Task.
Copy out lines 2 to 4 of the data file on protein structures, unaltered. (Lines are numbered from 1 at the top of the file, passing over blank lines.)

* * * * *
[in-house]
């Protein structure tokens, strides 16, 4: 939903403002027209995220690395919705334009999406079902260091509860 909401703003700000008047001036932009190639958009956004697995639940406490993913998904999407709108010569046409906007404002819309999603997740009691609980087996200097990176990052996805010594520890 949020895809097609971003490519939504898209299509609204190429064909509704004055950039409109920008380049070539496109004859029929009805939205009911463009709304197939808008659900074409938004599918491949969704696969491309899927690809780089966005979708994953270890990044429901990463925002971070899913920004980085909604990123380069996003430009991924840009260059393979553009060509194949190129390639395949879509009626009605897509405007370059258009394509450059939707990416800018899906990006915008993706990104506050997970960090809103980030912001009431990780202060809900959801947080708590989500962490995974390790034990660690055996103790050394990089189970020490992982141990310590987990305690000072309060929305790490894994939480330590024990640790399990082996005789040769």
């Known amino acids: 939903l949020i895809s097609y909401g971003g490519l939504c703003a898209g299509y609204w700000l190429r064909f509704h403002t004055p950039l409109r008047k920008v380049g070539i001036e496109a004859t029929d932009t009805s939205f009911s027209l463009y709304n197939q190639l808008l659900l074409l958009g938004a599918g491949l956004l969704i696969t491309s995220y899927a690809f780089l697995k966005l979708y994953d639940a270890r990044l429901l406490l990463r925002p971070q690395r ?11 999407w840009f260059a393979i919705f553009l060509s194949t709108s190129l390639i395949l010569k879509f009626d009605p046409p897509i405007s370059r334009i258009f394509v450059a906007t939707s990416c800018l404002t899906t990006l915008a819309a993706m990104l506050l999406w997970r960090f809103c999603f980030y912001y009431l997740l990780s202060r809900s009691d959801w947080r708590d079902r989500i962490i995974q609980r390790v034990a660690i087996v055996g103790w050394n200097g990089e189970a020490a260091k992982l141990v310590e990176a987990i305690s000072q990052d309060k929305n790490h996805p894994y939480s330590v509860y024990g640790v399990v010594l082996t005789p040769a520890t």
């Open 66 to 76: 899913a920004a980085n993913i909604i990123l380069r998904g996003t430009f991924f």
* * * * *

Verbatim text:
């Protein structure tokens, strides 16, 4: 939903403002027209995220690395919705334009999406079902260091509860 909401703003700000008047001036932009190639958009956004697995639940406490993913998904999407709108010569046409906007404002819309999603997740009691609980087996200097990176990052996805010594520890 949020895809097609971003490519939504898209299509609204190429064909509704004055950039409109920008380049070539496109004859029929009805939205009911463009709304197939808008659900074409938004599918491949969704696969491309899927690809780089966005979708994953270890990044429901990463925002971070899913920004980085909604990123380069996003430009991924840009260059393979553009060509194949190129390639395949879509009626009605897509405007370059258009394509450059939707990416800018899906990006915008993706990104506050997970960090809103980030912001009431990780202060809900959801947080708590989500962490995974390790034990660690055996103790050394990089189970020490992982141990310590987990305690000072309060929305790490894994939480330590024990640790399990082996005789040769």
């Known amino acids: 939903l949020i895809s097609y909401g971003g490519l939504c703003a898209g299509y609204w700000l190429r064909f509704h403002t004055p950039l409109r008047k920008v380049g070539i001036e496109a004859t029929d932009t009805s939205f009911s027209l463009y709304n197939q190639l808008l659900l074409l958009g938004a599918g491949l956004l969704i696969t491309s995220y899927a690809f780089l697995k966005l979708y994953d639940a270890r990044l429901l406490l990463r925002p971070q690395r ?11 999407w840009f260059a393979i919705f553009l060509s194949t709108s190129l390639i395949l010569k879509f009626d009605p046409p897509i405007s370059r334009i258009f394509v450059a906007t939707s990416c800018l404002t899906t990006l915008a819309a993706m990104l506050l999406w997970r960090f809103c999603f980030y912001y009431l997740l990780s202060r809900s009691d959801w947080r708590d079902r989500i962490i995974q609980r390790v034990a660690i087996v055996g103790w050394n200097g990089e189970a020490a260091k992982l141990v310590e990176a987990i305690s000072q990052d309060k929305n790490h996805p894994y939480s330590v509860y024990g640790v399990v010594l082996t005789p040769a520890t």
């Open 66 to 76: 899913a920004a980085n993913i909604i990123l380069r998904g996003t430009f991924f």